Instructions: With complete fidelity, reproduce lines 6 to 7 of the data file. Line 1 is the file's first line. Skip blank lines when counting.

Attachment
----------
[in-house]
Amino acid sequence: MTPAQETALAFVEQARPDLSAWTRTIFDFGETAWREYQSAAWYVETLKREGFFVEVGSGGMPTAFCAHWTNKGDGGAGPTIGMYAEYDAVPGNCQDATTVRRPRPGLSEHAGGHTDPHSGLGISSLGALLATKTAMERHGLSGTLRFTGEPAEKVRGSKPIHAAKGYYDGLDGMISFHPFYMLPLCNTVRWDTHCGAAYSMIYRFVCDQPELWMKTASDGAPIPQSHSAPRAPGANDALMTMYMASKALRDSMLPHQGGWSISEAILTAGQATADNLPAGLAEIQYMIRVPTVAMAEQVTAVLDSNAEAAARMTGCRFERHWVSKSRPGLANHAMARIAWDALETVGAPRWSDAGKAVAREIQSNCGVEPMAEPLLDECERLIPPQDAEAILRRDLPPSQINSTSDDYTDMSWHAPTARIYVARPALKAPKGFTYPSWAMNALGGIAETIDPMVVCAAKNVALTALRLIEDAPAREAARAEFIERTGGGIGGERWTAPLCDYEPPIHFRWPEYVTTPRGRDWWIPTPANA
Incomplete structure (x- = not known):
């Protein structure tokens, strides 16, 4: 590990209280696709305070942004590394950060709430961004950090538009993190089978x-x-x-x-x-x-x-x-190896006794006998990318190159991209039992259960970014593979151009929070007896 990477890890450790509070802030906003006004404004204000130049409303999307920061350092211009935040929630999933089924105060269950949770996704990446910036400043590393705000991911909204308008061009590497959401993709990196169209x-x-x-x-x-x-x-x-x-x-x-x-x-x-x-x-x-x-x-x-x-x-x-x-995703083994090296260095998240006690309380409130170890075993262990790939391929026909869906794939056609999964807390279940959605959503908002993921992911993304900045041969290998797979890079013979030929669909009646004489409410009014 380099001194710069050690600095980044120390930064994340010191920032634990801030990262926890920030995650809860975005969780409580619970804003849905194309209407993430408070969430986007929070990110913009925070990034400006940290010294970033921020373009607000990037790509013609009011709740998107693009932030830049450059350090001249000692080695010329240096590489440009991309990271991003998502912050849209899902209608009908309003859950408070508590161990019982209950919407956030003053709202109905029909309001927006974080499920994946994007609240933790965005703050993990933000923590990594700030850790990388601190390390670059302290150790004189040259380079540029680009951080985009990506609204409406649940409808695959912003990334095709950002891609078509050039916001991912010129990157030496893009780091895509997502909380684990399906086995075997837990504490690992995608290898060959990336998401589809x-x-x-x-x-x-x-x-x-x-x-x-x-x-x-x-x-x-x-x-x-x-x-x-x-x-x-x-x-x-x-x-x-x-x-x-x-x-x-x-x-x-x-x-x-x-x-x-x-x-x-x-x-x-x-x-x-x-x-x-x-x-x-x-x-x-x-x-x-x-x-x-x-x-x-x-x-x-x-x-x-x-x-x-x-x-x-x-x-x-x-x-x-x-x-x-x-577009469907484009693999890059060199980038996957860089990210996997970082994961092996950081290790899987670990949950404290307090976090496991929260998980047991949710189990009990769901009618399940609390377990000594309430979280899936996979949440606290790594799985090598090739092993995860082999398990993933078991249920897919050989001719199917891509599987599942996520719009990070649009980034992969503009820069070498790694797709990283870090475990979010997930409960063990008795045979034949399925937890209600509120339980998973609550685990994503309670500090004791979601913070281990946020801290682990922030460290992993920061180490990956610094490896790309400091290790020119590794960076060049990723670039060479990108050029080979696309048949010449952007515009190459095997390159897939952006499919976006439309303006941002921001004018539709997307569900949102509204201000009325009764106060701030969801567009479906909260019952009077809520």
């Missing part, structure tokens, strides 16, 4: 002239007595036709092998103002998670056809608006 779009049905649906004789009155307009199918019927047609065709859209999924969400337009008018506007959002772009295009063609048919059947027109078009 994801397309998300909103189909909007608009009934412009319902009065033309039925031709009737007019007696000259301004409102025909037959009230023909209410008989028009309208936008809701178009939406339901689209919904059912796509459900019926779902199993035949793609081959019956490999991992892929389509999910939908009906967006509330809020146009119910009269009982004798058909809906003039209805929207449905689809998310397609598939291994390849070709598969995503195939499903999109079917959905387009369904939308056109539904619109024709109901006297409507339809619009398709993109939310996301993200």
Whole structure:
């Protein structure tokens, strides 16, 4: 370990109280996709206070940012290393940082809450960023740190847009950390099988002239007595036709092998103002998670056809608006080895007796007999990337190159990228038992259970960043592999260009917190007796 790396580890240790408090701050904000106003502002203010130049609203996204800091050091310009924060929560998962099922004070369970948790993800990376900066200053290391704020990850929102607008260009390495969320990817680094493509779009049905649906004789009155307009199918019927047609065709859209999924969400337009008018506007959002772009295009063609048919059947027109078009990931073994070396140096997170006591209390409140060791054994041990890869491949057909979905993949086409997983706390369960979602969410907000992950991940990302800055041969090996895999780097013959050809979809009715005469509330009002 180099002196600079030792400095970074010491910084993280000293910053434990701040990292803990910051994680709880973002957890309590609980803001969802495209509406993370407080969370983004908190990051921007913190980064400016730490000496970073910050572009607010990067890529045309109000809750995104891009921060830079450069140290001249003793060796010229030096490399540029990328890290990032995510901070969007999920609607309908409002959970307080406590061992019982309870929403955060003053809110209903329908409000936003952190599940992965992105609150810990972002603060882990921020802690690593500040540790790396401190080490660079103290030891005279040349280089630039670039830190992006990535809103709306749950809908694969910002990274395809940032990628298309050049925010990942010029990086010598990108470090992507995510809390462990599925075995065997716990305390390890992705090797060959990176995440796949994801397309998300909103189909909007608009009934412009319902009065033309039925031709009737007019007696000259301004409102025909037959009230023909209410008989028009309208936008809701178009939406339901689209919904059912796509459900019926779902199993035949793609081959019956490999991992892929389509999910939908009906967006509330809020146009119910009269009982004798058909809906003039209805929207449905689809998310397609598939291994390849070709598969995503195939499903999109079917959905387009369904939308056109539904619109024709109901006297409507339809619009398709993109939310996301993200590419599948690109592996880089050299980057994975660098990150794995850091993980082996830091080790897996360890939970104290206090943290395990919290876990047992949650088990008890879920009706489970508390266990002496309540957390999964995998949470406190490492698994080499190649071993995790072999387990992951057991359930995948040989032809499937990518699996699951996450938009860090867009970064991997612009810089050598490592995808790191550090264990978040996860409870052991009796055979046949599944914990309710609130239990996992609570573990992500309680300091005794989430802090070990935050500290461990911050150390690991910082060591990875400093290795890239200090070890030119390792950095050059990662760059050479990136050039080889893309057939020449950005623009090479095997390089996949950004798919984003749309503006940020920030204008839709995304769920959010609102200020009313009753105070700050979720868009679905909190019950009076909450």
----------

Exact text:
Whole structure:
């Protein structure tokens, strides 16, 4: 370990109280996709206070940012290393940082809450960023740190847009950390099988002239007595036709092998103002998670056809608006080895007796007999990337190159990228038992259970960043592999260009917190007796 790396580890240790408090701050904000106003502002203010130049609203996204800091050091310009924060929560998962099922004070369970948790993800990376900066200053290391704020990850929102607008260009390495969320990817680094493509779009049905649906004789009155307009199918019927047609065709859209999924969400337009008018506007959002772009295009063609048919059947027109078009990931073994070396140096997170006591209390409140060791054994041990890869491949057909979905993949086409997983706390369960979602969410907000992950991940990302800055041969090996895999780097013959050809979809009715005469509330009002 180099002196600079030792400095970074010491910084993280000293910053434990701040990292803990910051994680709880973002957890309590609980803001969802495209509406993370407080969370983004908190990051921007913190980064400016730490000496970073910050572009607010990067890529045309109000809750995104891009921060830079450069140290001249003793060796010229030096490399540029990328890290990032995510901070969007999920609607309908409002959970307080406590061992019982309870929403955060003053809110209903329908409000936003952190599940992965992105609150810990972002603060882990921020802690690593500040540790790396401190080490660079103290030891005279040349280089630039670039830190992006990535809103709306749950809908694969910002990274395809940032990628298309050049925010990942010029990086010598990108470090992507995510809390462990599925075995065997716990305390390890992705090797060959990176995440796949994801397309998300909103189909909007608009009934412009319902009065033309039925031709009737007019007696000259301004409102025909037959009230023909209410008989028009309208936008809701178009939406339901689209919904059912796509459900019926779902199993035949793609081959019956490999991992892929389509999910939908009906967006509330809020146009119910009269009982004798058909809906003039209805929207449905689809998310397609598939291994390849070709598969995503195939499903999109079917959905387009369904939308056109539904619109024709109901006297409507339809619009398709993109939310996301993200590419599948690109592996880089050299980057994975660098990150794995850091993980082996830091080790897996360890939970104290206090943290395990919290876990047992949650088990008890879920009706489970508390266990002496309540957390999964995998949470406190490492698994080499190649071993995790072999387990992951057991359930995948040989032809499937990518699996699951996450938009860090867009970064991997612009810089050598490592995808790191550090264990978040996860409870052991009796055979046949599944914990309710609130239990996992609570573990992500309680300091005794989430802090070990935050500290461990911050150390690991910082060591990875400093290795890239200090070890030119390792950095050059990662760059050479990136050039080889893309057939020449950005623009090479095997390089996949950004798919984003749309503006940020920030204008839709995304769920959010609102200020009313009753105070700050979720868009679905909190019950009076909450």